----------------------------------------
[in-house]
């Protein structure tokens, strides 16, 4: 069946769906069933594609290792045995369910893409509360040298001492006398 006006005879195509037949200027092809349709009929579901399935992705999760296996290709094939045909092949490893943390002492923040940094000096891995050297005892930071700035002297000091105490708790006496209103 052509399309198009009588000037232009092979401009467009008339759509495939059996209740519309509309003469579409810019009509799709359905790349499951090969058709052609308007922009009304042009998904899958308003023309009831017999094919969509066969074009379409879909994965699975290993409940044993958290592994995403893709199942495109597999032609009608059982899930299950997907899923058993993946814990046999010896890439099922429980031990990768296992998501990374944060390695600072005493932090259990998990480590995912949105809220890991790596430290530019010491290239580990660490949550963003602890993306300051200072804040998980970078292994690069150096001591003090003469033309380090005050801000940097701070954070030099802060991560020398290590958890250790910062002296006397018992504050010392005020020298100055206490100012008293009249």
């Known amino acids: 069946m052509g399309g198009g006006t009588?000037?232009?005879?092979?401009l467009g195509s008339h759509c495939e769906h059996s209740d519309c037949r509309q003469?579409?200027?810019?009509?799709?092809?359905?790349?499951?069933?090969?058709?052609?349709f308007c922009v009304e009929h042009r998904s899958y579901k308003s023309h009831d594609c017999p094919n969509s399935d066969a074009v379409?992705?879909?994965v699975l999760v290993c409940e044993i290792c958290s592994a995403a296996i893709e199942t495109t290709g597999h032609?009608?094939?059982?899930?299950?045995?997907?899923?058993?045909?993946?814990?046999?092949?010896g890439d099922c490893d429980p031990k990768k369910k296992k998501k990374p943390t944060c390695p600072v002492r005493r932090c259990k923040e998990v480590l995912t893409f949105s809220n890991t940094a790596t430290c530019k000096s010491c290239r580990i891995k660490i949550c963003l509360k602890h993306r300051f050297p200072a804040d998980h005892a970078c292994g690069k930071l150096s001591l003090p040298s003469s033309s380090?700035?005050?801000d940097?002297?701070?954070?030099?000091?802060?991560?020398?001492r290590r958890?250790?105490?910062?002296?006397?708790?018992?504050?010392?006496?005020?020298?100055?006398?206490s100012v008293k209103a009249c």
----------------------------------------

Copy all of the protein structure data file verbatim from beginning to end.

[in-house]
């Protein structure tokens, strides 16, 4: 069946769906069933594609290792045995369910893409509360040298001492006398 006006005879195509037949200027092809349709009929579901399935992705999760296996290709094939045909092949490893943390002492923040940094000096891995050297005892930071700035002297000091105490708790006496209103 052509399309198009009588000037232009092979401009467009008339759509495939059996209740519309509309003469579409810019009509799709359905790349499951090969058709052609308007922009009304042009998904899958308003023309009831017999094919969509066969074009379409879909994965699975290993409940044993958290592994995403893709199942495109597999032609009608059982899930299950997907899923058993993946814990046999010896890439099922429980031990990768296992998501990374944060390695600072005493932090259990998990480590995912949105809220890991790596430290530019010491290239580990660490949550963003602890993306300051200072804040998980970078292994690069150096001591003090003469033309380090005050801000940097701070954070030099802060991560020398290590958890250790910062002296006397018992504050010392005020020298100055206490100012008293009249």
């Known amino acids: 069946m052509g399309g198009g006006t009588?000037?232009?005879?092979?401009l467009g195509s008339h759509c495939e769906h059996s209740d519309c037949r509309q003469?579409?200027?810019?009509?799709?092809?359905?790349?499951?069933?090969?058709?052609?349709f308007c922009v009304e009929h042009r998904s899958y579901k308003s023309h009831d594609c017999p094919n969509s399935d066969a074009v379409?992705?879909?994965v699975l999760v290993c409940e044993i290792c958290s592994a995403a296996i893709e199942t495109t290709g597999h032609?009608?094939?059982?899930?299950?045995?997907?899923?058993?045909?993946?814990?046999?092949?010896g890439d099922c490893d429980p031990k990768k369910k296992k998501k990374p943390t944060c390695p600072v002492r005493r932090c259990k923040e998990v480590l995912t893409f949105s809220n890991t940094a790596t430290c530019k000096s010491c290239r580990i891995k660490i949550c963003l509360k602890h993306r300051f050297p200072a804040d998980h005892a970078c292994g690069k930071l150096s001591l003090p040298s003469s033309s380090?700035?005050?801000d940097?002297?701070?954070?030099?000091?802060?991560?020398?001492r290590r958890?250790?105490?910062?002296?006397?708790?018992?504050?010392?006496?005020?020298?100055?006398?206490s100012v008293k209103a009249c």